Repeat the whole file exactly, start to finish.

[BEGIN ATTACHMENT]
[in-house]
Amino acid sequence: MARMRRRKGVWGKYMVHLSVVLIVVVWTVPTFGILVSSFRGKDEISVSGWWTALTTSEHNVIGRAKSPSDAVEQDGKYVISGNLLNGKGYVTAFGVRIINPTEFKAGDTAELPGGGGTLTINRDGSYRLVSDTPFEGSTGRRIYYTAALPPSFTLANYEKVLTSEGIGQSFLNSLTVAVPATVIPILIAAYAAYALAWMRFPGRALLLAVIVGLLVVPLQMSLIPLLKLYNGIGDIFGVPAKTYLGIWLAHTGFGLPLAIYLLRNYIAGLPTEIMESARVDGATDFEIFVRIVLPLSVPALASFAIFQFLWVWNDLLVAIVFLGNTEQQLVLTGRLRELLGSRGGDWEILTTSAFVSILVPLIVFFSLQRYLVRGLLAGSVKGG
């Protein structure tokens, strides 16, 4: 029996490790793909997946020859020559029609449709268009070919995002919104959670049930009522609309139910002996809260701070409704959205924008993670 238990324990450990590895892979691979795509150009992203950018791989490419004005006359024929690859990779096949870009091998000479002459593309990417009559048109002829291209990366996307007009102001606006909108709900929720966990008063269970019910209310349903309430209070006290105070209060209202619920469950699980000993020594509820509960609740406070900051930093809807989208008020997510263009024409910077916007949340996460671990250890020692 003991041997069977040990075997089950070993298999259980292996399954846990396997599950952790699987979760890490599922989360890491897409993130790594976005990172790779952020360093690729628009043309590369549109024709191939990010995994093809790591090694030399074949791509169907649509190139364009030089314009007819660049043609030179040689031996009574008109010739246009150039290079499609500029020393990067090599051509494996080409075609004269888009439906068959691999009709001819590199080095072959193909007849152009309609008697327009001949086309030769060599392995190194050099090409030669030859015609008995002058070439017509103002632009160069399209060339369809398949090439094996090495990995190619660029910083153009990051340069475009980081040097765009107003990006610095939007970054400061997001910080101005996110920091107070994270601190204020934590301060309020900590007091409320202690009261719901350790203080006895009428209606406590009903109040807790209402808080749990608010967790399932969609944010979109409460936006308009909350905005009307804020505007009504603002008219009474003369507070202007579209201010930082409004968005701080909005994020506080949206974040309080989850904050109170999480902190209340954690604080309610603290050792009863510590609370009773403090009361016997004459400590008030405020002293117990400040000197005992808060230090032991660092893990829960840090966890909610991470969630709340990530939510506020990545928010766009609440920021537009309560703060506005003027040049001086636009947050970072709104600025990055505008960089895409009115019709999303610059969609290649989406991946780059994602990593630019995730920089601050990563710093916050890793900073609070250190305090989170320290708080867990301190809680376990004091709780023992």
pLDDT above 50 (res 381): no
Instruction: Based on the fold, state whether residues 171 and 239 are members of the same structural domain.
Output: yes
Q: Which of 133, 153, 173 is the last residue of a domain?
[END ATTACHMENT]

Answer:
[in-house]
Amino acid sequence: MARMRRRKGVWGKYMVHLSVVLIVVVWTVPTFGILVSSFRGKDEISVSGWWTALTTSEHNVIGRAKSPSDAVEQDGKYVISGNLLNGKGYVTAFGVRIINPTEFKAGDTAELPGGGGTLTINRDGSYRLVSDTPFEGSTGRRIYYTAALPPSFTLANYEKVLTSEGIGQSFLNSLTVAVPATVIPILIAAYAAYALAWMRFPGRALLLAVIVGLLVVPLQMSLIPLLKLYNGIGDIFGVPAKTYLGIWLAHTGFGLPLAIYLLRNYIAGLPTEIMESARVDGATDFEIFVRIVLPLSVPALASFAIFQFLWVWNDLLVAIVFLGNTEQQLVLTGRLRELLGSRGGDWEILTTSAFVSILVPLIVFFSLQRYLVRGLLAGSVKGG
């Protein structure tokens, strides 16, 4: 029996490790793909997946020859020559029609449709268009070919995002919104959670049930009522609309139910002996809260701070409704959205924008993670 238990324990450990590895892979691979795509150009992203950018791989490419004005006359024929690859990779096949870009091998000479002459593309990417009559048109002829291209990366996307007009102001606006909108709900929720966990008063269970019910209310349903309430209070006290105070209060209202619920469950699980000993020594509820509960609740406070900051930093809807989208008020997510263009024409910077916007949340996460671990250890020692 003991041997069977040990075997089950070993298999259980292996399954846990396997599950952790699987979760890490599922989360890491897409993130790594976005990172790779952020360093690729628009043309590369549109024709191939990010995994093809790591090694030399074949791509169907649509190139364009030089314009007819660049043609030179040689031996009574008109010739246009150039290079499609500029020393990067090599051509494996080409075609004269888009439906068959691999009709001819590199080095072959193909007849152009309609008697327009001949086309030769060599392995190194050099090409030669030859015609008995002058070439017509103002632009160069399209060339369809398949090439094996090495990995190619660029910083153009990051340069475009980081040097765009107003990006610095939007970054400061997001910080101005996110920091107070994270601190204020934590301060309020900590007091409320202690009261719901350790203080006895009428209606406590009903109040807790209402808080749990608010967790399932969609944010979109409460936006308009909350905005009307804020505007009504603002008219009474003369507070202007579209201010930082409004968005701080909005994020506080949206974040309080989850904050109170999480902190209340954690604080309610603290050792009863510590609370009773403090009361016997004459400590008030405020002293117990400040000197005992808060230090032991660092893990829960840090966890909610991470969630709340990530939510506020990545928010766009609440920021537009309560703060506005003027040049001086636009947050970072709104600025990055505008960089895409009115019709999303610059969609290649989406991946780059994602990593630019995730920089601050990563710093916050890793900073609070250190305090989170320290708080867990301190809680376990004091709780023992």
pLDDT above 50 (res 381): no
Instruction: Based on the fold, state whether residues 171 and 239 are members of the same structural domain.
Output: yes
Q: Which of 133, 153, 173 is the last residue of a domain?